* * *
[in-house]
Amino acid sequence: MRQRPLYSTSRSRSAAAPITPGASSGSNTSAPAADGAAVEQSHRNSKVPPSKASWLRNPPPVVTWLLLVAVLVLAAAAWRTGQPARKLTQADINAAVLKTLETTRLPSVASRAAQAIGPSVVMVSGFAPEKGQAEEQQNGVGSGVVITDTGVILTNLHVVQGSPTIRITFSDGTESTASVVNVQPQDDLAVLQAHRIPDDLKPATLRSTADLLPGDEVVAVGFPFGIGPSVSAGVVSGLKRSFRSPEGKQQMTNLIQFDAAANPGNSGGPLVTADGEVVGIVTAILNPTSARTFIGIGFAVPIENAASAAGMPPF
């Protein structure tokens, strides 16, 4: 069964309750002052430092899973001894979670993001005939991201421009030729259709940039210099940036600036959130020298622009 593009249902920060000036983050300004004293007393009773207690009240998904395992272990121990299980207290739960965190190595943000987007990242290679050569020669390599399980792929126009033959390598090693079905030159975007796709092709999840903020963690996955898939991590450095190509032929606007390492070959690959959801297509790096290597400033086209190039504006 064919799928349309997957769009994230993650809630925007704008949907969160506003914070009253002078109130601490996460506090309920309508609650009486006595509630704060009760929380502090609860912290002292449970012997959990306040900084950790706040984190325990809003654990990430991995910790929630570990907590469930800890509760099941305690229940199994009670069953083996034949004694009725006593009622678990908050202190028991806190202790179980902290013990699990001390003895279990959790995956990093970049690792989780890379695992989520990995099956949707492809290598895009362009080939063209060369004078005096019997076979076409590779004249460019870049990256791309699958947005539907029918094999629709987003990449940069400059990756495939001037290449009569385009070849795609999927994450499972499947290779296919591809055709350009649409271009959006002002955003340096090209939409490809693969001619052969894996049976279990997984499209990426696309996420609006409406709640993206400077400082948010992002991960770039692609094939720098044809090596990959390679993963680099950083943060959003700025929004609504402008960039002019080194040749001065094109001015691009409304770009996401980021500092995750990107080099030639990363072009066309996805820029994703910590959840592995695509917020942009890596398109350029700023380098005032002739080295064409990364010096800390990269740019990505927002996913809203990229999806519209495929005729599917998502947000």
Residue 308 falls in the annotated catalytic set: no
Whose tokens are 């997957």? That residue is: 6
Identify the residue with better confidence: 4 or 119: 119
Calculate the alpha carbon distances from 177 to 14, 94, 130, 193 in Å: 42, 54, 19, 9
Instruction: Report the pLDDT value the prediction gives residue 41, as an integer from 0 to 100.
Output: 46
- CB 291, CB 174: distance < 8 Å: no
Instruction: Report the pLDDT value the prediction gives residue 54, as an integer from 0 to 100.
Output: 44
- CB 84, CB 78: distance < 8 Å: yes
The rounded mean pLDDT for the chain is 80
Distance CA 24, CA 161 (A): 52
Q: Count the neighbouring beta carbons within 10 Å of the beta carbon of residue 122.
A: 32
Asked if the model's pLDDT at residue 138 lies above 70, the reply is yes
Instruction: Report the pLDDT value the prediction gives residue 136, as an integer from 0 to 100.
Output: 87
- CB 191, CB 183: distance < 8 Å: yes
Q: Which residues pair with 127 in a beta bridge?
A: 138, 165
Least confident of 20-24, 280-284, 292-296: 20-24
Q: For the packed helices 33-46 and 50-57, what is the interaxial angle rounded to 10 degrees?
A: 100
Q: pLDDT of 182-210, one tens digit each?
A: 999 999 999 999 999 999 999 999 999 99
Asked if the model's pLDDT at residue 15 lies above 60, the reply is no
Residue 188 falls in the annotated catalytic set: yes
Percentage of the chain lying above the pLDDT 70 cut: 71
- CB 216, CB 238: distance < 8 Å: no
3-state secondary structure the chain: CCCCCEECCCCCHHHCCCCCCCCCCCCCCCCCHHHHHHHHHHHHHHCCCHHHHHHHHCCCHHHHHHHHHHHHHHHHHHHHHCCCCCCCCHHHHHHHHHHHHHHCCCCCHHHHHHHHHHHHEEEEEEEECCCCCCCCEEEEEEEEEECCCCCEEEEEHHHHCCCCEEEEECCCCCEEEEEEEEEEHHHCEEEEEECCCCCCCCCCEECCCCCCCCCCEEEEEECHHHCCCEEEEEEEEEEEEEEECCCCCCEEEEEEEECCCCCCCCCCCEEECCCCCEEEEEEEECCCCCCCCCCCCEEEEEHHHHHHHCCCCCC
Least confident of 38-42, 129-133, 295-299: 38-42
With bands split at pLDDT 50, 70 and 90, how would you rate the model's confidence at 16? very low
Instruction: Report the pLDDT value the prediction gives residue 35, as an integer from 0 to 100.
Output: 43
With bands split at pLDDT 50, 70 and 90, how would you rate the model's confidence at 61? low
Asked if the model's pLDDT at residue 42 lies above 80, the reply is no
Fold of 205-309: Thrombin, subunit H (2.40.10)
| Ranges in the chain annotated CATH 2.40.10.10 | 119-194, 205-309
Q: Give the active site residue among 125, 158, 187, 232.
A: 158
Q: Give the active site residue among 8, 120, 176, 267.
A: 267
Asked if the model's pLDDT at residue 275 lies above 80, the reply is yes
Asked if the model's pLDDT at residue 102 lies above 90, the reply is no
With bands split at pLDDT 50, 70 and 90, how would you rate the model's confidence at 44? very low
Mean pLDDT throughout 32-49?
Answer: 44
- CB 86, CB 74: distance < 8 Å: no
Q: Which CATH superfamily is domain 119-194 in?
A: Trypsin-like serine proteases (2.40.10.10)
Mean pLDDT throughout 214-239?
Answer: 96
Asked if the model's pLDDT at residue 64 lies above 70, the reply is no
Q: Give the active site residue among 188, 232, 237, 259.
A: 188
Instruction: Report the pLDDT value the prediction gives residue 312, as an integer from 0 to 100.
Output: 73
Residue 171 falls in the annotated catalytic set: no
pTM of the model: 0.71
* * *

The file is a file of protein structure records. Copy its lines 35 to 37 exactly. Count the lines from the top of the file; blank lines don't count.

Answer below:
With bands split at pLDDT 50, 70 and 90, how would you rate the model's confidence at 16? very low
Instruction: Report the pLDDT value the prediction gives residue 35, as an integer from 0 to 100.
Output: 43